WARREN - An area professor is getting the word out that those suffering from diversity and discrimination issues don't have to be silent.
To that end, Kent State University at Trumbull professor Daniel-Raymond Nadon co-wrote a book about Fringe Benefits, a theater company that promotes dialogue in communities that are having diversity-based issues.
"The idea was to get the youth off the streets and into playlists," he said.
Tribune Chronicle / Bonnie L. Hazen
Kent State University at Trumbull professor Daniel-Raymond Nadon is seen with a book he co-wrote, “Staging Social Justice: Collaborating to Create Activist Theatre.”
Titled "Staging Social Justice: Collaborating to Create Activist Theatre," the book chronicles the experiences of those involved in Fringe Benefits as well as provides instruction for those in various professions to utilize its methods.
Nadon collaborated with Fringe Benefits founder and artistic director Norma Bowles on the project after spending a sabbatical in Los Angeles with the group.
"Bowles decided we needed to help kids who were younger, from a variety of races, backgrounds and cultures. I spent a semester with her learning everything I could learn," he said.
The theater group often travels to communities that are struggling from a variety of issues and even helps formerly incarcerated women re-enter the workplace. The plays become a creative outlet for the participants as well as a means of speaking out against the issues that oppress them.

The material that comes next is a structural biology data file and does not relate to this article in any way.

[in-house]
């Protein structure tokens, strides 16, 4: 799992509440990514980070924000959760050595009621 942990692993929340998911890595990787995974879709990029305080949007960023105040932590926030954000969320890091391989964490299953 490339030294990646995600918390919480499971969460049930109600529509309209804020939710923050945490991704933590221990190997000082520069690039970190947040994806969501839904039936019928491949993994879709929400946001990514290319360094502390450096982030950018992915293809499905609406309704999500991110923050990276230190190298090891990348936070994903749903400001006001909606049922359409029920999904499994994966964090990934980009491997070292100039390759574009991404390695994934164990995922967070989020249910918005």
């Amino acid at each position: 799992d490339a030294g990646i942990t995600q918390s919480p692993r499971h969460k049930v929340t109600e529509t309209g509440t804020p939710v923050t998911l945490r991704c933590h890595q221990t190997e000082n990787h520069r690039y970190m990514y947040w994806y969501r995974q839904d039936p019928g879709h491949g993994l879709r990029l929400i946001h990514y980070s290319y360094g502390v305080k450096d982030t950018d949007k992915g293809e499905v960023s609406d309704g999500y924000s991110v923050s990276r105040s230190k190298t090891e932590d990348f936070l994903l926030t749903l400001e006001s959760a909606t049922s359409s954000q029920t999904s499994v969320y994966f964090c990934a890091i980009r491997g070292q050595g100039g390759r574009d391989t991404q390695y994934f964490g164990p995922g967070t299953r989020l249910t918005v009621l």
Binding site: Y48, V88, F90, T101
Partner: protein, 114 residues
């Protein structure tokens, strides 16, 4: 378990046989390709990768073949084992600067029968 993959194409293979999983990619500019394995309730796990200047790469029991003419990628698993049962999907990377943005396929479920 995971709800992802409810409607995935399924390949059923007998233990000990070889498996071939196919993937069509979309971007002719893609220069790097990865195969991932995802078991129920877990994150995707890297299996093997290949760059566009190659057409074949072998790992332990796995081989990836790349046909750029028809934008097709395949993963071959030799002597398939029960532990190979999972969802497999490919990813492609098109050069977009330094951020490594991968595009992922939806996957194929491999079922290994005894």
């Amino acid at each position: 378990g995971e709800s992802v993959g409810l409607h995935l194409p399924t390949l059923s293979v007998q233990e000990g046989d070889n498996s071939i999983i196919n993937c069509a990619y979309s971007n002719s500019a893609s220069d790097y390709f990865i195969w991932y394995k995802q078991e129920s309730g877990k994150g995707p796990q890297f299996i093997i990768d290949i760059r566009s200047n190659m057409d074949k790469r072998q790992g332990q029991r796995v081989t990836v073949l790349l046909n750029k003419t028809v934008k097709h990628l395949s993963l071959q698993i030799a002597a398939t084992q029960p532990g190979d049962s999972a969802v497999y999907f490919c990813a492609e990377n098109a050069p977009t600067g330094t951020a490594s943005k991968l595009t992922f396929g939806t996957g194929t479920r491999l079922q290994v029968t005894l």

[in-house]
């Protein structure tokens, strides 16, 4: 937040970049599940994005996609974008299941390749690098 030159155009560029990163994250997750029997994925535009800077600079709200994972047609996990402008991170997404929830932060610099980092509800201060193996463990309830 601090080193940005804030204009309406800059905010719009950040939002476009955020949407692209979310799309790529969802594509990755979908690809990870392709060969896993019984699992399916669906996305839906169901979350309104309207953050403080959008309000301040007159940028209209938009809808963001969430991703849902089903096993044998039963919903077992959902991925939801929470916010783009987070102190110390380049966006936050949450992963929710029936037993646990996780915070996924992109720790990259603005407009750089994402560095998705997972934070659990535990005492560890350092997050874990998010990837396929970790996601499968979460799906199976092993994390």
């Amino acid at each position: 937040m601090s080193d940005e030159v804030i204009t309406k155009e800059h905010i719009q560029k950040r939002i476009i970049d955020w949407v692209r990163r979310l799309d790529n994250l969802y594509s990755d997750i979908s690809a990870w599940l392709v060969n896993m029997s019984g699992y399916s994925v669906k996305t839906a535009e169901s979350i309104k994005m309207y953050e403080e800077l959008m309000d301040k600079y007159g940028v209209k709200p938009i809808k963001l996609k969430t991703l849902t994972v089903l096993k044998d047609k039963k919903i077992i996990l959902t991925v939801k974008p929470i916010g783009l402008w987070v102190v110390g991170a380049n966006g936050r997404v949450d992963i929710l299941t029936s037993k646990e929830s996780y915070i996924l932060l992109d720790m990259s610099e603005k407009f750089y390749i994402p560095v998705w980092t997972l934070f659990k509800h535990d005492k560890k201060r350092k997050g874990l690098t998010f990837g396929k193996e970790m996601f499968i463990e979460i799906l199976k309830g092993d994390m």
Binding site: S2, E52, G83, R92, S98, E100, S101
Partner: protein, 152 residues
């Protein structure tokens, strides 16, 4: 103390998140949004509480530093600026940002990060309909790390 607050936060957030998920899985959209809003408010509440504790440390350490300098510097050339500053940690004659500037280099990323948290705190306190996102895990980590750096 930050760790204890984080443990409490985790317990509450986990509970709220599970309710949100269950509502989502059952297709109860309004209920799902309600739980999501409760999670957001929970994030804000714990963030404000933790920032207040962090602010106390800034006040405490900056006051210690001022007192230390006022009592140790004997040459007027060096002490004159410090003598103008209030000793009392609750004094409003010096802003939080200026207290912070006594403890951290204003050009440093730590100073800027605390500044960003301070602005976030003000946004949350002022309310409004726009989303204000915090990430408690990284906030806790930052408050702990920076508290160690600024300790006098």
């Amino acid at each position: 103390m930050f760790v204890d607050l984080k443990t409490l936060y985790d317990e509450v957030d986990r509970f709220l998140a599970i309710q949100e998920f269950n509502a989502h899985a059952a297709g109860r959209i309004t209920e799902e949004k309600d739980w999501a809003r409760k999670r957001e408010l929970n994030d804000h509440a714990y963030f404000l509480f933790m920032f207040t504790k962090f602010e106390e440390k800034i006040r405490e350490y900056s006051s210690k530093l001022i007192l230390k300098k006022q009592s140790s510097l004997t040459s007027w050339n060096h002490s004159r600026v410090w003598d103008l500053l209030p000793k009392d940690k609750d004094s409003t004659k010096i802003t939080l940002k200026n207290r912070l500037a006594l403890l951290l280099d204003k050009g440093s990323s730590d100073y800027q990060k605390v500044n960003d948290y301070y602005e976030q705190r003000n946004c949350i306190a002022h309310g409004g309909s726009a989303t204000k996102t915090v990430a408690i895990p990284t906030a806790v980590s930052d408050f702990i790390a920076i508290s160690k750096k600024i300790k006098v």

"It's about giving everyone a voice," Nadon said.
In 2007, Bowles visited Kent State University shortly after a hate crime had occurred and helped to create a play that dealt with homophobia on campus. Nadon said the venture was a success.
"At that point, we sat down and talked. I said, 'Geez, someone needs to sit down and write a book about this. After that, we just set about doing it,'" he said.
The book contains essay submissions from numerous Fringe Benefits participants as well as chapters written by Nadon and Bowles.
"People who are teaching such courses will be able to use it as a text or a reference. (It's also) for people who are activists in the field who want to use theater to give voices to those who feel voiceless or disenfranchised or discriminated against," Nadon said.
"Activists, sociologists, psychologists, political and social change activists can all benefit by having this how-to manual."
Nadon said it is his hope that people venturing into the territory of social injustice will find the text useful.
"You do make a big difference in the lives of those who feel disenfranchised. If you are able to motivate them to speak up for themselves and reach out in life, then that's great," he said.